Journey to the center of the east

ZEYNEP ESRA İSTANBULLU
ISTANBUL
Published 06.06.2015 01:55
Updated 06.06.2015 01:59
Journey to the center of the east

The Istanbul Research Institute is hosting an exhibition that focuses on the evolution of mass tourism between the 1850s and the 1950s with travel stories to the Near East that intersect in Istanbul

Istanbul Research Institute's newest exhibition, "Journey to the Center of the East, 1850-1950: 100 Years of Travelers in Istanbul from the Pierre de Gigord Collection," opened on June 4 and will remain on display at the Suna and İnan Kıraç Foundation Istanbul Research Institute's exhibition venue until Oct. 17. The exhibition tells the stories of Istanbul-centered travels to the Near East starting from the 19th century.

Co-curated by Ekrem Işın and Catherine Pinguet, the exhibition focuses on the cultural change of mass tourism and travels between 1850 and 1950. As a part of the display, nearly 160 pieces, including photographs, postcards, posters, advertisements, booklets, restaurant menus and various objects, form the showcased collection of Pierre de Gigord - one of the world's leading collectors of Ottoman-era photographs and ephemera. Gigord's collection, which consists of visual objects reflecting the cultural and urban life of Ottoman Istanbul in particular, offers scenes from the Ottoman Empire's latest and the Turkish Republic's earliest periods. Işın said the concept emerged in 19th century Europe after the dawn of the Industrial Revolution. "From the late 18th century to the mid-19th century, the Near East was the focus point of archaeologists, linguists, architects, religious groups, geographers and botanists. There was a common discourse that these journeys, which aimed to access information by discovering the origins of civilizations, made people free," Işın said. He added that after the Crimean War, the expedition-oriented research, which was maintained until the 1850s, was replaced by travel-group language that focused on Near Eastern culture. By then, the information-gathering and intrepid travelers morphed into a kind of tourist that rapidly explored the region.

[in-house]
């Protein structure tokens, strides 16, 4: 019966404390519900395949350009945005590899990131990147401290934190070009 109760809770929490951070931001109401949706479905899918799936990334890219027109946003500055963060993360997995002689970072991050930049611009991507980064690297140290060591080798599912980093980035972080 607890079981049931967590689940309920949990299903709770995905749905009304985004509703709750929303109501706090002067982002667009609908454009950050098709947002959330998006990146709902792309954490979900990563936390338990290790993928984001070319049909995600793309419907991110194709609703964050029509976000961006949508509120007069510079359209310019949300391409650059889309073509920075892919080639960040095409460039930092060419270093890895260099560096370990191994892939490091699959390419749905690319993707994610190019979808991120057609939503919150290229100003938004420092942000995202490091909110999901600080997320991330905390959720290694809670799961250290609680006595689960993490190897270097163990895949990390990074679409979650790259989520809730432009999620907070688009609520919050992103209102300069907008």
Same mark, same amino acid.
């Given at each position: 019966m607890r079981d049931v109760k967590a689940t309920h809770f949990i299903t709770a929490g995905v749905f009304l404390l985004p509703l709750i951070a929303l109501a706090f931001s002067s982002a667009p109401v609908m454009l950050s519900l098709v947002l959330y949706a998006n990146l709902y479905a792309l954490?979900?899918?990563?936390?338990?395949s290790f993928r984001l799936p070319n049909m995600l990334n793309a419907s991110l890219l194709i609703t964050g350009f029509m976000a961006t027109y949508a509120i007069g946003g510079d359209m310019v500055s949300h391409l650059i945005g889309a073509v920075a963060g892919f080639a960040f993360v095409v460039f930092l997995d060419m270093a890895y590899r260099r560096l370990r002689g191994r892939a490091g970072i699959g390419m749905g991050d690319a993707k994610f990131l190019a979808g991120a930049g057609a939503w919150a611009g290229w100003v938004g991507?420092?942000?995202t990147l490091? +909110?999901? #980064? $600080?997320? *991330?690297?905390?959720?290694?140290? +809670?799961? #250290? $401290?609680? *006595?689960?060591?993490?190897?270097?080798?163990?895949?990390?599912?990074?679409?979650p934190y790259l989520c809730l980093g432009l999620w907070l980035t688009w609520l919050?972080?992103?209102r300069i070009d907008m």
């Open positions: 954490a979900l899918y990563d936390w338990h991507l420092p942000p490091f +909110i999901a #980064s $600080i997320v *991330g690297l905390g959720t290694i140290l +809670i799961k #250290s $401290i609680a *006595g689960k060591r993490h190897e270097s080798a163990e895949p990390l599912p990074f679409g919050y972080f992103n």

The exhibition can be visited at the Istanbul Research Institute in Beyoğlu's historic Tepebaşı neighborhood from 10:00 a.m. to 7:00 p.m. Monday through Saturday.

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